Among eight patches released yesterday by Microsoft, the zero-day in Internet Explorer was finally covered after in the wild attacks were reported.
Released last night on its monthly Patch Tuesday, MS13-080
now patches two vulnerabilities that are in the wild and as described in Security Advisory 2887505
, an attacker who successfully exploited these vulnerabilities could gain the same rights as the current user running Internet Explorer.
Wolfgang Kandek, CTO of Qualys, said: “This fixes ten vulnerabilities, including CVE-2013-3893, the zero-day that Microsoft originally acknowledged in September as having limited and targeted attacks in Asia. Since the volume continued to stay low, even after Metasploit added their implementation, Microsoft opted for a normal release schedule during Patch Tuesday, which places the least stress on IT organisations.
“MS13-080 also addresses CVE-2013-3897 in an interesting case that illustrates the concurrent discoveries of vulnerabilities. The vulnerability underlying CVE-2013-3897 was found internally at Microsoft and would have been fixed in MS13-080 as part of the normal security engineering and hardening that the product undergoes constantly.
“However, in the last two weeks, attacks against the same vulnerability became public, again limited and targeted in scope, but since the fix was in the code already, it enabled Microsoft to address the vulnerability in record time.”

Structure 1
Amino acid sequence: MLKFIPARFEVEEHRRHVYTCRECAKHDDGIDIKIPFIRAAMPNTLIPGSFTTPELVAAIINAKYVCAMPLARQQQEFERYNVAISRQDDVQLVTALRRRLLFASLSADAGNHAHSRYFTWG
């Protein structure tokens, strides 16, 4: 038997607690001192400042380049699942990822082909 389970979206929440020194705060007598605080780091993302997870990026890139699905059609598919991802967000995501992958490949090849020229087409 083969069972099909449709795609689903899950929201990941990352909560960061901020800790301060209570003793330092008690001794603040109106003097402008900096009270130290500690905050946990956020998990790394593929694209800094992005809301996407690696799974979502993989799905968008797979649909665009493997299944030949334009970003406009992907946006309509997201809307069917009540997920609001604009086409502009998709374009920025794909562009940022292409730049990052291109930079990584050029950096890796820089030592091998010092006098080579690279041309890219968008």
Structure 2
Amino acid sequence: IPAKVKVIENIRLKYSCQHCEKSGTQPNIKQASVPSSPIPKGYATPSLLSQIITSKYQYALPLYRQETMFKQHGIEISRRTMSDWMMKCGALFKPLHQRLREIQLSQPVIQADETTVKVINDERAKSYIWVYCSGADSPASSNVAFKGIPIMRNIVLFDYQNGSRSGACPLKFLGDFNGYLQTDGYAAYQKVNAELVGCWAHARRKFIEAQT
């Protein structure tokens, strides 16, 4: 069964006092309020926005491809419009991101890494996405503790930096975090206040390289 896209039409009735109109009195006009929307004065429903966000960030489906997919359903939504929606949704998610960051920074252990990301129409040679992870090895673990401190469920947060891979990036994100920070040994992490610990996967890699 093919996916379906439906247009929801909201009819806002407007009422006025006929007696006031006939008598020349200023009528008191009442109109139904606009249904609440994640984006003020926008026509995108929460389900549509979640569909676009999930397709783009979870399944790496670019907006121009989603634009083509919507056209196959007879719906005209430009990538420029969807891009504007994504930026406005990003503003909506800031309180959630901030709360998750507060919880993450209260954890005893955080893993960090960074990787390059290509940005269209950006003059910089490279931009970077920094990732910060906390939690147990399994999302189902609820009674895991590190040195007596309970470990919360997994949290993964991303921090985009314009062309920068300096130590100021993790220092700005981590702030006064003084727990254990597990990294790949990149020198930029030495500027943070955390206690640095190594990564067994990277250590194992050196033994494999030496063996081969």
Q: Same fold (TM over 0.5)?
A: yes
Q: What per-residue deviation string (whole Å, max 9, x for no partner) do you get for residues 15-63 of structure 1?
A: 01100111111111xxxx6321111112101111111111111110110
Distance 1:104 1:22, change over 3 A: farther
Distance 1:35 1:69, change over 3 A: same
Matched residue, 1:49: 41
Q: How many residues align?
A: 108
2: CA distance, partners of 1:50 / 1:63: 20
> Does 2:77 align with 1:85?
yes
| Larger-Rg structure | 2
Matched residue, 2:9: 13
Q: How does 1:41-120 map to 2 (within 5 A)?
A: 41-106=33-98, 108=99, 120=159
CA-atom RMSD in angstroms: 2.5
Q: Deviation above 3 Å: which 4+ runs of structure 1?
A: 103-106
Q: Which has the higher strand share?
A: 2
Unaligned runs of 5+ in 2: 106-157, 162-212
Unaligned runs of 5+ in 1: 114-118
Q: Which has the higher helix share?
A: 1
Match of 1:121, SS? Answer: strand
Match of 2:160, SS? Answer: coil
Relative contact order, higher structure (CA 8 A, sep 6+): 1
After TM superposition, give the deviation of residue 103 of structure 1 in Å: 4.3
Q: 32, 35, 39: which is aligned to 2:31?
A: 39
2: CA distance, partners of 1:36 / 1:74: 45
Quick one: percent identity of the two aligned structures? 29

Ross Barrett, senior manager of security engineering at Rapid7, said: “It’s been an interesting month for the Microsoft Security watchers of the world. If your job depends on securing systems running Windows, you should be eagerly awaiting the patch for the Internet Explorer (IE) 0-day (CVE-2013-3893: SetMouseCapture Use-After-Free) vulnerability in today’s Patch Tuesday (MS13-080).
“Exploitation of this vulnerability was detected first in targeted, regionally restricted exploitation, and then later in broader use once the exploit code spread to various public sites. Hopefully users have applied the Microsoft FixIt and/or EMET mitigations, and maybe even tested them with the Metasploit module that came out last week.
“Now, that’s not to say that the remaining eight IE vulnerabilities are not potentially just as bad or worse. However, at least at this time, they are not known to be in use.”
Lamar Bailey, director of security research and development at Tripwire, said: “So far these bugs are only being exploited in limited attacks, but users are still strongly encouraged to patch IE as soon as possible. Now that a patch is available we expect to see a rise in the number of attacks using these vulnerabilities.”
Of the remaining seven patches
, three are classified as critical and four as important.